1. My problem with Rise is not that it skips over TLJ; it’s that it both rejects TLJ and tries to cram in everything they would have done in a second film AND then also tries to be a third film. The result is a completely incoherent narrative and a main villain who means absolutely nothing to anyone in the film other than Force Ghost Luke who only has that one scene anyway. Heck, the opening crawl of Rise reads to me like J.J. Abrams and co-screenwriter Chris Terrio basically saying, “Okay, here’s all the shit the last guy SHOULD have done in TLJ, but since he didn’t we’re going to have to cram a lot in here.” For Rise’s storyline to work, TLJ would have to be completely different and build to an Empire-esque reveal that Rey is Palpatine’s granddaughter, but that’s not what Rian Johnson did with it and Abrams and Terrio’s need to retcon everything and introduce two movies worth of material turns Rise into a Star Wars film that is visually intoxicating but narratively exhausting and, again, largely incoherent. You can push through all of that, though, if you like the characters enough and don’t really ask too much of the film.

      I am keenly aware, based on Juli’s review and my conversations with my family and friends, that I’m the type who maybe went in asking for more. A lot of people enjoyed the film. I’m glad for them. I just haven’t been able to get to that same place. Small sample size theater: It is interesting to me, however, that your kids seemed to like Jumanji better. My nieces and nephews all liked Rise fine enough, but they haven’t mentioned it once since we saw it. Frozen 2 has come up more often. That too me is damning – the final Star Wars film in the Skywalker saga shouldn’t be so easily forgotten. PS…I’m with your kids on this one. I actually like the new Jumanji more than Rise.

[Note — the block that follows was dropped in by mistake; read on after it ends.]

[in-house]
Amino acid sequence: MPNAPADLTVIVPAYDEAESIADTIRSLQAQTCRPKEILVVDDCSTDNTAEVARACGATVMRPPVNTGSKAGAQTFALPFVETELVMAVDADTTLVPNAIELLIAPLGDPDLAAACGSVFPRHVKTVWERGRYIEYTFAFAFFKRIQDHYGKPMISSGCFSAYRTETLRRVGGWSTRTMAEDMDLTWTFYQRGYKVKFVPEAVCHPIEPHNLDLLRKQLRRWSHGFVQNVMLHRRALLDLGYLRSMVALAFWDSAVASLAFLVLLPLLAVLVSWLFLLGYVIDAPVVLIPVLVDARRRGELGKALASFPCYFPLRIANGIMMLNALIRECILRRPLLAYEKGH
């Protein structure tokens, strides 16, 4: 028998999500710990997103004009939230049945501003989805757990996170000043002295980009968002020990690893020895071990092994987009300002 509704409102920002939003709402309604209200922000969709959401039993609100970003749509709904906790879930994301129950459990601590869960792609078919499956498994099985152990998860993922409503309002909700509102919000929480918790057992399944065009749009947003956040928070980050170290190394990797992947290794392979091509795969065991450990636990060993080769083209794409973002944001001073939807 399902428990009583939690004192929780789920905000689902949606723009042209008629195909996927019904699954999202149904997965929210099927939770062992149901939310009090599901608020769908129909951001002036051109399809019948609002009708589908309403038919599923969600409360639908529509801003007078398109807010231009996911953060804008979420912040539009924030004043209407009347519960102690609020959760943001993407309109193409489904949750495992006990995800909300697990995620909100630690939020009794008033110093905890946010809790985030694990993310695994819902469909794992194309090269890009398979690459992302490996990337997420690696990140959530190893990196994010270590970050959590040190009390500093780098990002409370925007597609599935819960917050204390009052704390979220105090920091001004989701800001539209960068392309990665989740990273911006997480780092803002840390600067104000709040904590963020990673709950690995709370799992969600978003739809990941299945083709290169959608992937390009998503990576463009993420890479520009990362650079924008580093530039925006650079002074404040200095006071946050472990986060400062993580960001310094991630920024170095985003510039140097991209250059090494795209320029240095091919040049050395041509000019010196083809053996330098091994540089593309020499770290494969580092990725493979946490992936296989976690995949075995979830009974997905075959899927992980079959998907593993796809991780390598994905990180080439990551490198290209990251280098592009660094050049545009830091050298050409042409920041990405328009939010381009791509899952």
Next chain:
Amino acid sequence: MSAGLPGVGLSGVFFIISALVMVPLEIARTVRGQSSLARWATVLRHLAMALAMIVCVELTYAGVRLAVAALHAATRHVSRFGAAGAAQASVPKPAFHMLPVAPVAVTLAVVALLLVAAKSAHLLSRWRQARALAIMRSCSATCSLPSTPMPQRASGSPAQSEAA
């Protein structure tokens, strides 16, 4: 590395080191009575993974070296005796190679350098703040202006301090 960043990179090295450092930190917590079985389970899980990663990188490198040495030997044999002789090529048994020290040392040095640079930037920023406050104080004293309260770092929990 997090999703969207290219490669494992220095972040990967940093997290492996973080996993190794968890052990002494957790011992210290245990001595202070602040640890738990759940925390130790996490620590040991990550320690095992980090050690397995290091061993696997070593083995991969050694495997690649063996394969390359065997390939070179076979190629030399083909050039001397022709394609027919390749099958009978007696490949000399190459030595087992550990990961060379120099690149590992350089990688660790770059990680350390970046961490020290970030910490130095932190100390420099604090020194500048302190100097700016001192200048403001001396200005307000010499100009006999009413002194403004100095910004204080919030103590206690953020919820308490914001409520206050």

Notes: Ewan McGreggor does kind of show up. His voice is the first one you hear when the ghosts talk to Rey through the stars. What he tells her – “this is the final step…” – is a direct continuation of a similar line he contributed to Force Awakens during the scene where Luke’s lightsaber calls out to Rey.

      I had always suspected all of the internet theorizing over Palpatine and Snoke and Plagius was all for not and that the films would never provide as much geeky backstory and exposition as the fans wanted, but I never expected Palpatine to come back as a vaguely explained zombie and Snoke to also be waved away as a possible, but ultimately unconfirmed clone.

      Yes, Rose got less screen time in Rise than her sister did in TLJ. Abrams and Terrior are saying they didn’t intentionally sideline her, but it sure as hell looks like they didn’t know what to do with her and preferred tor create new characters of their own over figuring out what to do with Rian Johnson’s divisive character. I remember when the first posters and images for Rise came out a lot of fans complained that Rose was nowhere to be found. I, however, took that as an early warning sign that she simply wasn’t in the film that much. Less than 2 minutes of total screentime, though, I didn’t see that coming. Does feel like a total and complete creative retreat, turning Rose – as you said – into this trilogy’s Jar-Jar.

      Rey and Finn – I believe Abrams has since confirmed Finn meant to tell Rey that he is force-sensitive. It’s designed to be a misdirection; we’re meant to assume he is going to finally confess his love for Rey, but in fact, all he was going to say is that he can sense the force. It’s never paid off, though. As I cracked in the article, it’s a storyline entirely born out of the fact that John Boyega made it known he wanted Finn to have more to do in Rise and didn’t enjoy being off in TLJ’s “C” storyline. Abrams and Terrior, however, shouldn’t have listened. What they gave Finn comes out of nowhere – the big twist of Force Awakens is that Finn is NOT a Jedi, he is not a Chosen One hero, he’s just a guy; Rey is the true hero of the story, the one the lightsaber comes to..but, hey, now all of a sudden Finn may not be a Jedi per say but he does at least sense the Force. So, sure. Fine. Whatever. You could say Finn maybe senses the force in his very first scene in Force Awakens when he is overwhelmed by the death around him and takes off his stormtrooper helmet, but it’s not like that was ever developed from that point forward, certainly not enough to become one of Rise’s big new twists.